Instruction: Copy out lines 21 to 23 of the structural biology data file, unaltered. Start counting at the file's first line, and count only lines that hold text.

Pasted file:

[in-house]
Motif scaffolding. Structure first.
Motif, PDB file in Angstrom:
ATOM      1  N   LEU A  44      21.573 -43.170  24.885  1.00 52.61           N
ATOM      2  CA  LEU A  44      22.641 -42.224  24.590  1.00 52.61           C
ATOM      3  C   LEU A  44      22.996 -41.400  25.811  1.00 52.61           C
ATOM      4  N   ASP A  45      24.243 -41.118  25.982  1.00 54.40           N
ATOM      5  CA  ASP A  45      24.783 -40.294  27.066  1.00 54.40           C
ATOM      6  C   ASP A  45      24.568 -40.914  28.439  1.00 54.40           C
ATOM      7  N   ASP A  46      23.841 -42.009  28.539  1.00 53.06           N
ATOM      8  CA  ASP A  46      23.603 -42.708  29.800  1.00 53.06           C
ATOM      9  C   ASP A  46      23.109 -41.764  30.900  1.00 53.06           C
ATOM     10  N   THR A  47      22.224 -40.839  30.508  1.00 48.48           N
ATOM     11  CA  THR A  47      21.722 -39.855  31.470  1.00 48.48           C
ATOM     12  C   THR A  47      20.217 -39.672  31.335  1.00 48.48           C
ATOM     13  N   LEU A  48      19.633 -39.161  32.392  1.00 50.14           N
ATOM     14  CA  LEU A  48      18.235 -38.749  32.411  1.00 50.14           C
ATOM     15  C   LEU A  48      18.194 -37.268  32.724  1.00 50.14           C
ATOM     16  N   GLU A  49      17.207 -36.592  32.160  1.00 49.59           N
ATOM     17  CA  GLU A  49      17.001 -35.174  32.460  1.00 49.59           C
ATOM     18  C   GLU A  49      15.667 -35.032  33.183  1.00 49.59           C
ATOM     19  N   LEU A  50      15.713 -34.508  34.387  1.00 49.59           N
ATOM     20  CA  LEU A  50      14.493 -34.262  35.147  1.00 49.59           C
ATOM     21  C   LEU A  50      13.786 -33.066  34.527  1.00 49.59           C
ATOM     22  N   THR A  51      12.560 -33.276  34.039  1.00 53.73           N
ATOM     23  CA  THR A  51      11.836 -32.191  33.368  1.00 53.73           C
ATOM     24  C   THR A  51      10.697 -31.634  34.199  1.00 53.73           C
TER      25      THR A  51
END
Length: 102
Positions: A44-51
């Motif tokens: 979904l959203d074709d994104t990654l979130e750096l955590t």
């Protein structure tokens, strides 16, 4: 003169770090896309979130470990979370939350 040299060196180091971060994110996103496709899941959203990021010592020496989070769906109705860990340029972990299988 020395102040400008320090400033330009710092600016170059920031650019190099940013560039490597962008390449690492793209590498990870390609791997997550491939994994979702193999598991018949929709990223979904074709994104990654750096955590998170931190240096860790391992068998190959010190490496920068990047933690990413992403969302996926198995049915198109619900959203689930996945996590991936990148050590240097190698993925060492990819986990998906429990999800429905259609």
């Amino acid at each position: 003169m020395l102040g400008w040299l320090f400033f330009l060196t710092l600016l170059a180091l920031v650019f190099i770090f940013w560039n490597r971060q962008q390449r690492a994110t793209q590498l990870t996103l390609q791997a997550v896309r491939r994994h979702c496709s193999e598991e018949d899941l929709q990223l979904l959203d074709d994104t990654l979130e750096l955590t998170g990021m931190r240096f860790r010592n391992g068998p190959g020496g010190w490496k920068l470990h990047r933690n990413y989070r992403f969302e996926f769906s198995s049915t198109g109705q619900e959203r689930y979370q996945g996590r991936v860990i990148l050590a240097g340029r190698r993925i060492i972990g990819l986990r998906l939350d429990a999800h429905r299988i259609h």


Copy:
ATOM     18  C   GLU A  49      15.667 -35.032  33.183  1.00 49.59           C
ATOM     19  N   LEU A  50      15.713 -34.508  34.387  1.00 49.59           N
ATOM     20  CA  LEU A  50      14.493 -34.262  35.147  1.00 49.59           C